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Have Winston’s rights of privacy been breached?

Written By: - Date published: 5:16 pm, August 7th, 2013 - 51 comments
Categories: john key, winston peters - Tags: ,

Hot on the heels of Peter Dunne’s privacy problems another MP claims to have had an attempt made to breach his rights of privacy.

As noted by Idiot Savant Winston Peters has made some startling claims in Parliament this afternoon.  He asked the Prime Minister if he was aware of any occasion where Key’s staff had sought or reviewed the phone records of a private citizen for reasons other than national security?  Key could not rule it out.  Then Peters in the general debate claimed that Police had wanted to access his phone records because someone wearing a New Zealand First T shirt had been seen outside the venue of the Teapot tape when the famous cuppa occurred.  This information is apparently contained in the information release about the teapot case that recently occurred.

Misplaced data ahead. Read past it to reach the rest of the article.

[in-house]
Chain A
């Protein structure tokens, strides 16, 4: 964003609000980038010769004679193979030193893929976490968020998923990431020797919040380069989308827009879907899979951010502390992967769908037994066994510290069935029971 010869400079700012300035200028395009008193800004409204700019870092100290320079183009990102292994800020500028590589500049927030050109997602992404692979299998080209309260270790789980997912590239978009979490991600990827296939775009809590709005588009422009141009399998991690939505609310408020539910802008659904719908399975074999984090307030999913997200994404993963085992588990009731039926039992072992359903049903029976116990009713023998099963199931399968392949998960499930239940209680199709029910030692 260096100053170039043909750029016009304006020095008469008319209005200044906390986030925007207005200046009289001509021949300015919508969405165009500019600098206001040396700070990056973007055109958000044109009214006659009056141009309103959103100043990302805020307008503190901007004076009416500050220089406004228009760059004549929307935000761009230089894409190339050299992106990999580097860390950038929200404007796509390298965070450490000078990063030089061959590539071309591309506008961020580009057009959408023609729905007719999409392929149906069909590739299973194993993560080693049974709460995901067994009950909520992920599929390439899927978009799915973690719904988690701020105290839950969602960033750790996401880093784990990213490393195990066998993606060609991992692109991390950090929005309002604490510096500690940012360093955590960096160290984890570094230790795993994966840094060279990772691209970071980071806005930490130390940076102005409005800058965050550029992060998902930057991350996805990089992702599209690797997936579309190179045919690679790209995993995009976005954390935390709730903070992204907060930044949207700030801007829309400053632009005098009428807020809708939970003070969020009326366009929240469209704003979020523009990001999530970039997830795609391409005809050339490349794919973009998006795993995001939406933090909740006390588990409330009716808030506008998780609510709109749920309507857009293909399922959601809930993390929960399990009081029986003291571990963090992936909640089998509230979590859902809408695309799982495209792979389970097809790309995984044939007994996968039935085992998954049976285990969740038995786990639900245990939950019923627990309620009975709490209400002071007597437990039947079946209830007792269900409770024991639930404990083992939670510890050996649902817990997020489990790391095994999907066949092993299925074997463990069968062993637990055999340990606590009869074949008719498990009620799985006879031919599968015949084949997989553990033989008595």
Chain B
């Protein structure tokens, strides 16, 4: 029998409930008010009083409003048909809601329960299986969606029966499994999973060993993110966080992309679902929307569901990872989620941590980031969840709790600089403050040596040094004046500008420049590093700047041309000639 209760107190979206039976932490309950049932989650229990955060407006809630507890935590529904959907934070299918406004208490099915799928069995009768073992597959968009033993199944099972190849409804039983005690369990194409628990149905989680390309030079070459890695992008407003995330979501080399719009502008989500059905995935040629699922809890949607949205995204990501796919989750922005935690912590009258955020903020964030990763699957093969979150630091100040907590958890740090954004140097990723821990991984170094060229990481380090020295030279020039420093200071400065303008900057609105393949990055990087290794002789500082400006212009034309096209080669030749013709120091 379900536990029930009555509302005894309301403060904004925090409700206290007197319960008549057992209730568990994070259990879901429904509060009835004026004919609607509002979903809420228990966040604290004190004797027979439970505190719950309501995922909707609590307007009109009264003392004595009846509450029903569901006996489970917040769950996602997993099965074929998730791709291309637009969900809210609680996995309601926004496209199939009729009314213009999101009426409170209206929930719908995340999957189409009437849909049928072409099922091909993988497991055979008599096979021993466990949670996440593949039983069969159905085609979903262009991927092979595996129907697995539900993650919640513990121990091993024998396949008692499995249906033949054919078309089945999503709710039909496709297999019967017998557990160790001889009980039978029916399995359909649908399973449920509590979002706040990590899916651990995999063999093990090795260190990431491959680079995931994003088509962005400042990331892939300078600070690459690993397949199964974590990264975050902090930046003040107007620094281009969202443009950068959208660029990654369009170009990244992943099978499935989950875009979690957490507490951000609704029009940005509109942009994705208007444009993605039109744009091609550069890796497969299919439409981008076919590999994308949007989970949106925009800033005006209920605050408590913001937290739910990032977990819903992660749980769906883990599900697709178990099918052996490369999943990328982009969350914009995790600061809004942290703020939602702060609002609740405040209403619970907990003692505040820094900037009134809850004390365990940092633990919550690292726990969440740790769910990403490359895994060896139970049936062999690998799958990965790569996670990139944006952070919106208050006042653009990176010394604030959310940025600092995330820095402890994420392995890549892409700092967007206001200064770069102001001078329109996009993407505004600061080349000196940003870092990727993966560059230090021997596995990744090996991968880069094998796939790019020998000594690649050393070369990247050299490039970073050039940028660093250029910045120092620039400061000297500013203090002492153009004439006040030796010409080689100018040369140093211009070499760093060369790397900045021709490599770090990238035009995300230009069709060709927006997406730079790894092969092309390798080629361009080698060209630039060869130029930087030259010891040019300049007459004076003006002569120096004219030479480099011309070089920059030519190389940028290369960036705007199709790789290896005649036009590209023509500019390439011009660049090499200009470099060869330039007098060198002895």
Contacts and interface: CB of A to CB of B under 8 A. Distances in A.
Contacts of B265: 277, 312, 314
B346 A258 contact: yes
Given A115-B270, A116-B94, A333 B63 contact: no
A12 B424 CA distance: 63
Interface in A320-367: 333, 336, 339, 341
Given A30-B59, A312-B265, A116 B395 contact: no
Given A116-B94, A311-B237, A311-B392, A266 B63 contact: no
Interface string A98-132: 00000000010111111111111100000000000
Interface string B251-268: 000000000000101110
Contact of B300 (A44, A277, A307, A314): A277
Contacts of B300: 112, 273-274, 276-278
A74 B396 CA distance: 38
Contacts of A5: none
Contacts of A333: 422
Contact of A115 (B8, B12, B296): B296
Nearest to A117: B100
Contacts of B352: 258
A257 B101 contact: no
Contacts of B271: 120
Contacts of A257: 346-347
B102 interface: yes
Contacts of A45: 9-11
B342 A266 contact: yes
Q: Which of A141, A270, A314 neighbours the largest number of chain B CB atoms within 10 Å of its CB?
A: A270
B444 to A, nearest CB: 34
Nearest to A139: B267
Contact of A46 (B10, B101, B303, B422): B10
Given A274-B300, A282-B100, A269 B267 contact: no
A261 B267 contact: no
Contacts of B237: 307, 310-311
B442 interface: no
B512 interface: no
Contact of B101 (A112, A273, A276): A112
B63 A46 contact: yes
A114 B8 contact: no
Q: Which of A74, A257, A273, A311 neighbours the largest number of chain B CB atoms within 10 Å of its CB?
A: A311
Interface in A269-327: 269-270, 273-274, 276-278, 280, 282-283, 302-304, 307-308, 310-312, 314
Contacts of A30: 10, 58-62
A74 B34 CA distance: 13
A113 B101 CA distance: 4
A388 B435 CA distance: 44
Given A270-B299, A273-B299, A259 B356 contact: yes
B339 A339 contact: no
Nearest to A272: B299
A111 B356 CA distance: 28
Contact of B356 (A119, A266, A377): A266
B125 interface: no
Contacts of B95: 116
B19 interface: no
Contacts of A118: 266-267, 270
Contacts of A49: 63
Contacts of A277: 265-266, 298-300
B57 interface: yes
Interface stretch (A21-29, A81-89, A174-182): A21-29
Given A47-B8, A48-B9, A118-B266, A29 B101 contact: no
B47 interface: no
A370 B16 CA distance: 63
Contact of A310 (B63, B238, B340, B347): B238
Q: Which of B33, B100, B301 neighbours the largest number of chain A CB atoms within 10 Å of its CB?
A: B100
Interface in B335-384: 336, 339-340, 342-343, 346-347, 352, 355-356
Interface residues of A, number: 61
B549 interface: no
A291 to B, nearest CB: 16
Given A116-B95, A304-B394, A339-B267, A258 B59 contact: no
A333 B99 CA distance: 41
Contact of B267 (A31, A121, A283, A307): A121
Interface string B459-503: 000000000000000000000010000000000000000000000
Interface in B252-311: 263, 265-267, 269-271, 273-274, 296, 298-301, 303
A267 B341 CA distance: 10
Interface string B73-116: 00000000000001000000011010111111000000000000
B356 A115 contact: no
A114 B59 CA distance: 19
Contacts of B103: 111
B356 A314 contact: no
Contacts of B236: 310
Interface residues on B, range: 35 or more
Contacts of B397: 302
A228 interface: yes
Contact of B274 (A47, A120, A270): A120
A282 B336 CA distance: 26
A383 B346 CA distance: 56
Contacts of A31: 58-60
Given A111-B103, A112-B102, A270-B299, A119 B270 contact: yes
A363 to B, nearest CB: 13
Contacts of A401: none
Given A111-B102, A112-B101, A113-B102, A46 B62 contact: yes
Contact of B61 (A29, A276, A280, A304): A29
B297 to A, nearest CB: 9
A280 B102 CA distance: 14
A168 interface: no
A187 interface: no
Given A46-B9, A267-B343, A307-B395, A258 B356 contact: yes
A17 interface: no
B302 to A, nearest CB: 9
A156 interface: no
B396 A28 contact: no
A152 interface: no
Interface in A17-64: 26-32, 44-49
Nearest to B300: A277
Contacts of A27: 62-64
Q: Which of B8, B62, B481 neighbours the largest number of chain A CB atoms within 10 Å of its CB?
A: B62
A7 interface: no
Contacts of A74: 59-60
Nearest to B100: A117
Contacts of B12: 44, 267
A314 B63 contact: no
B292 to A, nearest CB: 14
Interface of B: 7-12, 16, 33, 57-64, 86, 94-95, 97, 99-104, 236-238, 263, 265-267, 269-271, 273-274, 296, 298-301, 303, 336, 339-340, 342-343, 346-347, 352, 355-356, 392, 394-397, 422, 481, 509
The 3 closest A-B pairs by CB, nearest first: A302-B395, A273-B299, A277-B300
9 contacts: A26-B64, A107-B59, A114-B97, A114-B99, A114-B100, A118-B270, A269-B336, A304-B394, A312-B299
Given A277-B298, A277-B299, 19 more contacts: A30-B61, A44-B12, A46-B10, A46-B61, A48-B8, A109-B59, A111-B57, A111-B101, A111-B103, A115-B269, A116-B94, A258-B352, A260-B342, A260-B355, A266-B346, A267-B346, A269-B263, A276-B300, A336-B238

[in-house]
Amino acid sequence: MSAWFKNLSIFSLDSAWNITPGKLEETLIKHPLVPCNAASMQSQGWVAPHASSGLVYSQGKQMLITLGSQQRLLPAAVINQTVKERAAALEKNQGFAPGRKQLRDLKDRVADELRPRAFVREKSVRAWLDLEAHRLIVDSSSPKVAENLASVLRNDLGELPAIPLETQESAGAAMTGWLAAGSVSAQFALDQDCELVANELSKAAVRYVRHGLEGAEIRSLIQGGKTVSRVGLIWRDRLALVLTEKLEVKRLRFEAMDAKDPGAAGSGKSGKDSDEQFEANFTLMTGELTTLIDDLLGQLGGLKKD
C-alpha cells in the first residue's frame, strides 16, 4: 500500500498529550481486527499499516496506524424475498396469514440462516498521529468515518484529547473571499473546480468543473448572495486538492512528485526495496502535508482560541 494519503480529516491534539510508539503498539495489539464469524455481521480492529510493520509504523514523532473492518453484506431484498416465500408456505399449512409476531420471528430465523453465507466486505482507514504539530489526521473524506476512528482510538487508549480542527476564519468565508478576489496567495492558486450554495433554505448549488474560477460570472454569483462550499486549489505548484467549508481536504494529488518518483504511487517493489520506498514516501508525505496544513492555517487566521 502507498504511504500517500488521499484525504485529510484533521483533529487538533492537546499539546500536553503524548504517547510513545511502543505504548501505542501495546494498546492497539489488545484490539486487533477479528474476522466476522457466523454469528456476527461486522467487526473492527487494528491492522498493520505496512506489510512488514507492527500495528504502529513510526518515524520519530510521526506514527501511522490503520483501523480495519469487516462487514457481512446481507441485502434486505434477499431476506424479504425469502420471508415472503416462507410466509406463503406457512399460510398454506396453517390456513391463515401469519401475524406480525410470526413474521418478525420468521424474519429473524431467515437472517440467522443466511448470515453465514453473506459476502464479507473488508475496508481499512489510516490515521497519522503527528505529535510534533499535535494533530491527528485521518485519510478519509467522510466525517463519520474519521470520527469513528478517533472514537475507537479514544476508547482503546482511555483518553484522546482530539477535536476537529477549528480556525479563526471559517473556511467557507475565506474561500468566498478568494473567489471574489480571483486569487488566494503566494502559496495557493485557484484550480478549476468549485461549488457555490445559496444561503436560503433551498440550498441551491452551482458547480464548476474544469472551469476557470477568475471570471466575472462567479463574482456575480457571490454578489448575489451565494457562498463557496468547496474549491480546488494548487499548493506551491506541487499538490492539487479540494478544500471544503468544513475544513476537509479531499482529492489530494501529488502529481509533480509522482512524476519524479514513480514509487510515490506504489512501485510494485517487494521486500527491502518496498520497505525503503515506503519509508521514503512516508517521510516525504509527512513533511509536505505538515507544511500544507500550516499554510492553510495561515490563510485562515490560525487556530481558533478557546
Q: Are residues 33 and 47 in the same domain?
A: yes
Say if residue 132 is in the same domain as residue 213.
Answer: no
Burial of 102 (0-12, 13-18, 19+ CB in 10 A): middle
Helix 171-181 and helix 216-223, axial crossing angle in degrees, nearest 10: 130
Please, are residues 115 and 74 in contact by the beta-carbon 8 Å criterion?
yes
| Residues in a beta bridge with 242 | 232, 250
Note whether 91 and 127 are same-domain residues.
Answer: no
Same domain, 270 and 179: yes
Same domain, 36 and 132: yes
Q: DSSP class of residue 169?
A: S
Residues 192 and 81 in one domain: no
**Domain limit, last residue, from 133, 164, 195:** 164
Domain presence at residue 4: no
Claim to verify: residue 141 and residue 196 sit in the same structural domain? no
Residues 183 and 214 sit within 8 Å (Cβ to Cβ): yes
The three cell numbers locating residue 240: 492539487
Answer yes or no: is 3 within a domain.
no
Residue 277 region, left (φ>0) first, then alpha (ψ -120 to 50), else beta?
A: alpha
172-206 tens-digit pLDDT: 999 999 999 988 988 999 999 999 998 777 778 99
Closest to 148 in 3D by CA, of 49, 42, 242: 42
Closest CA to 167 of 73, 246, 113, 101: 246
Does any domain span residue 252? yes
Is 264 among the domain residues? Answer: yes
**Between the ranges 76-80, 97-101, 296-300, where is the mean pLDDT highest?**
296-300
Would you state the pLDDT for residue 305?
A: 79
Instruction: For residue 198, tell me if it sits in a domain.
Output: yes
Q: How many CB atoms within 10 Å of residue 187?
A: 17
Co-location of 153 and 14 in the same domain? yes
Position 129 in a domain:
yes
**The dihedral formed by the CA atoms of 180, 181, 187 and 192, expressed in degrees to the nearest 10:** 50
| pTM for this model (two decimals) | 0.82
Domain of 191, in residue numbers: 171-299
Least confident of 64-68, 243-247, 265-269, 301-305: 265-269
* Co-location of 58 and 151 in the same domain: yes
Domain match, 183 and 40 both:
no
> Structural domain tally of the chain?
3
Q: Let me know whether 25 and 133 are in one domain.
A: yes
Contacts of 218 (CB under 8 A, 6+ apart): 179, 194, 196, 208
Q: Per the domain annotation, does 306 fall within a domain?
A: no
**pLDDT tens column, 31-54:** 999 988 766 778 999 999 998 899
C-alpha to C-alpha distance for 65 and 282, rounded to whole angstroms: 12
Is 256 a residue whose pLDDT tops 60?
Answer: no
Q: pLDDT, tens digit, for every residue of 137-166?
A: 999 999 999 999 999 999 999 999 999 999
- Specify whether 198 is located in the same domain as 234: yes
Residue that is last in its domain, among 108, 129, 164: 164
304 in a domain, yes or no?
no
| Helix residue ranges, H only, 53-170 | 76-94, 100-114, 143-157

Of major concern is that the file apparently records that Mr Key’s Chief of Staff Wayne Eagleson had been “kept in the loop” during the investigation.

The Herald reports Peters as saying:

There is information in a police file that says police would have to take Winston Peters’ phone records to lay charges and make a case against Bradley Ambrose … [m]y telephone records were going to be seized in an operation that was sparked by the Prime Minister’s office and monitored by the Prime Minister’s office.

This is not Zimbabwe. This is New Zealand.